Wednesday, June 6, 2012

For God Sakes -- the Markets Are ASKING US TO BORROW!!!!!!!

Lawrence Summers:

The question is not whether the current policy path is acceptable. The question is what should be done? To come up with a viable solution, consider the remarkable level of interest rates in much of the industrialised economies. The US government can borrow in nominal terms at about 0.5 per cent for five years, 1.5 per cent for 10 years and 2.5 per cent for 30 years. Rates are considerably lower in Germany and still lower in Japan.


These low rates even on long maturities mean that markets are offering the opportunity to lock in low long-term borrowing costs. In the US, for example, the government could commit to borrowing five-year money in five years at a nominal cost of about 2.5 per cent and at a real cost very close to zero.  What does all this say about macroeconomic policy? Many in both the US and Europe are arguing for further quantitative easing to bring down longer-term interest rates. This may be appropriate given that there is a much greater danger from policy underreacting to current economic weakness than from it overreacting.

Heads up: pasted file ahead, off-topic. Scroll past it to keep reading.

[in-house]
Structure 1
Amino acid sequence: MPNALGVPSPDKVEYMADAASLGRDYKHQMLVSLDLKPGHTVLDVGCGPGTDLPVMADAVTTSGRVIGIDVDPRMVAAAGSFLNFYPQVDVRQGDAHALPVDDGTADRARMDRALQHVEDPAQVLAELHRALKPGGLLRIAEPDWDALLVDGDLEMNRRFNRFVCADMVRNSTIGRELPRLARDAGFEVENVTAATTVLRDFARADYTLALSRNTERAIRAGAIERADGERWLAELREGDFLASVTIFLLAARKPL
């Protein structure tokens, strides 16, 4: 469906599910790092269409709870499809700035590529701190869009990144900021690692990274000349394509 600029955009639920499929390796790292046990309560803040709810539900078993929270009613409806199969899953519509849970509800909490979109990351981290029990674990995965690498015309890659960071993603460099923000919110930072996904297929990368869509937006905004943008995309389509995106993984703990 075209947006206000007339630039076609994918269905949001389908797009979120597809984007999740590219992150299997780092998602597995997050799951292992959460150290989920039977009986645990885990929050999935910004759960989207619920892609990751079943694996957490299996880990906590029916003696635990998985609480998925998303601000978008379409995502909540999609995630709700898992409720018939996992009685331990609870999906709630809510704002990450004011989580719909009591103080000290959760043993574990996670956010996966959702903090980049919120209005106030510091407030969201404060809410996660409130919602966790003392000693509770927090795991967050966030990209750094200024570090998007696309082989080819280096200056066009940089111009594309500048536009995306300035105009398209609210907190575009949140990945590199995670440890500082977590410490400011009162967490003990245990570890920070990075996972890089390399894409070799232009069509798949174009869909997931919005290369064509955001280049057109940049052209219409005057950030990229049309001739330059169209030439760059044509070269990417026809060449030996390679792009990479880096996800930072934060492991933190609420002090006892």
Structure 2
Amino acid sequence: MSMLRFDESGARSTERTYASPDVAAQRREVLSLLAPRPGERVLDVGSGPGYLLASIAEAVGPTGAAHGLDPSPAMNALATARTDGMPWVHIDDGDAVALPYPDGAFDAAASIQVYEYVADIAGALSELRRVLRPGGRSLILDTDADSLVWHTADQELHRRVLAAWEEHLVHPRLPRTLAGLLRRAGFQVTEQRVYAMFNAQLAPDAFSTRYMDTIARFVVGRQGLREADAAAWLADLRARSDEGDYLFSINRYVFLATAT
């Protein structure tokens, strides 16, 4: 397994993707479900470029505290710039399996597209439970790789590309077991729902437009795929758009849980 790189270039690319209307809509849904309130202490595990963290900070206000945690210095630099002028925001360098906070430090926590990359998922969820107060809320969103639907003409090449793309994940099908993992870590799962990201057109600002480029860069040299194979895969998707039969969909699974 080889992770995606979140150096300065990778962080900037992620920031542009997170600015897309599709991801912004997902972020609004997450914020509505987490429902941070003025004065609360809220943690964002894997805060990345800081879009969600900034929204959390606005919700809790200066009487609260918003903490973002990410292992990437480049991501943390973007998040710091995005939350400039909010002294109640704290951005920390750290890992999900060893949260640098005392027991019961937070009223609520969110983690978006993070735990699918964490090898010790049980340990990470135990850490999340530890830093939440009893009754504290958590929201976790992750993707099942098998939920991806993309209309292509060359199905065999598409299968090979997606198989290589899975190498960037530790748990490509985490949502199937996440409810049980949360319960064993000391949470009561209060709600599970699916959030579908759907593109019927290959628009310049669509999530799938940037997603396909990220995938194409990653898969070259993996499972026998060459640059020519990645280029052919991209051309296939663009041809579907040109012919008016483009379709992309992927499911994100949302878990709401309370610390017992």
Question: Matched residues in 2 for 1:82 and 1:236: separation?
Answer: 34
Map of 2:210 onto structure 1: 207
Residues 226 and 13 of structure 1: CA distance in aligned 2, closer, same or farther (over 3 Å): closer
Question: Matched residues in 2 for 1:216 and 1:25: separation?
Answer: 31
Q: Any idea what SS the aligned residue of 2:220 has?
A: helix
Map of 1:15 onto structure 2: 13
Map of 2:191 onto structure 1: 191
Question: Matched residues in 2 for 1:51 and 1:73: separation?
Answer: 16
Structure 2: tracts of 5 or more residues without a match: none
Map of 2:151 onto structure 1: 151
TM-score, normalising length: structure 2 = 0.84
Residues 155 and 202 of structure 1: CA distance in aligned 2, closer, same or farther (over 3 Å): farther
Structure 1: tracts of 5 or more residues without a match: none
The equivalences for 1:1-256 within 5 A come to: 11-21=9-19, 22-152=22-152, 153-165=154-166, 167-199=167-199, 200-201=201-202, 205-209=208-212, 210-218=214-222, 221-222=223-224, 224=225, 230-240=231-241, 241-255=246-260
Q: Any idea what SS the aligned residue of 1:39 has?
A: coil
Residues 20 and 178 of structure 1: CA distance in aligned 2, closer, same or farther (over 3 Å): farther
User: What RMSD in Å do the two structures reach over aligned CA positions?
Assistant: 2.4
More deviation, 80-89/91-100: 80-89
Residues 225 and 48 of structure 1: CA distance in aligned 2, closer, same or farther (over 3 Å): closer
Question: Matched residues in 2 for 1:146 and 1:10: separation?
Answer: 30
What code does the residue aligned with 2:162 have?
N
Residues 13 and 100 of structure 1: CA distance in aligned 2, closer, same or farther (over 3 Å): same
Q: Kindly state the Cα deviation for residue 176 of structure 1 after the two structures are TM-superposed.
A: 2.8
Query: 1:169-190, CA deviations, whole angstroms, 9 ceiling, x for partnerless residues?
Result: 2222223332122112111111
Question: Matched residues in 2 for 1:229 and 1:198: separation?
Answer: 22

However, one has to wonder how much investment businesses are unwilling to undertake at extraordinarily low interest rates that they would be willing to with rates reduced by yet another 25 or 50 basis points. It is also worth querying the quality of projects that businesses judge unprofitable at a -60 basis point real interest rate but choose to undertake at a still more negative real interest rate. There is also the question of whether extremely low safe real interest rates promote bubbles of various kinds.

Right now, the markets are essentially asking the US government to borrow.  And yet, we're still discussing the idea ofausterity.....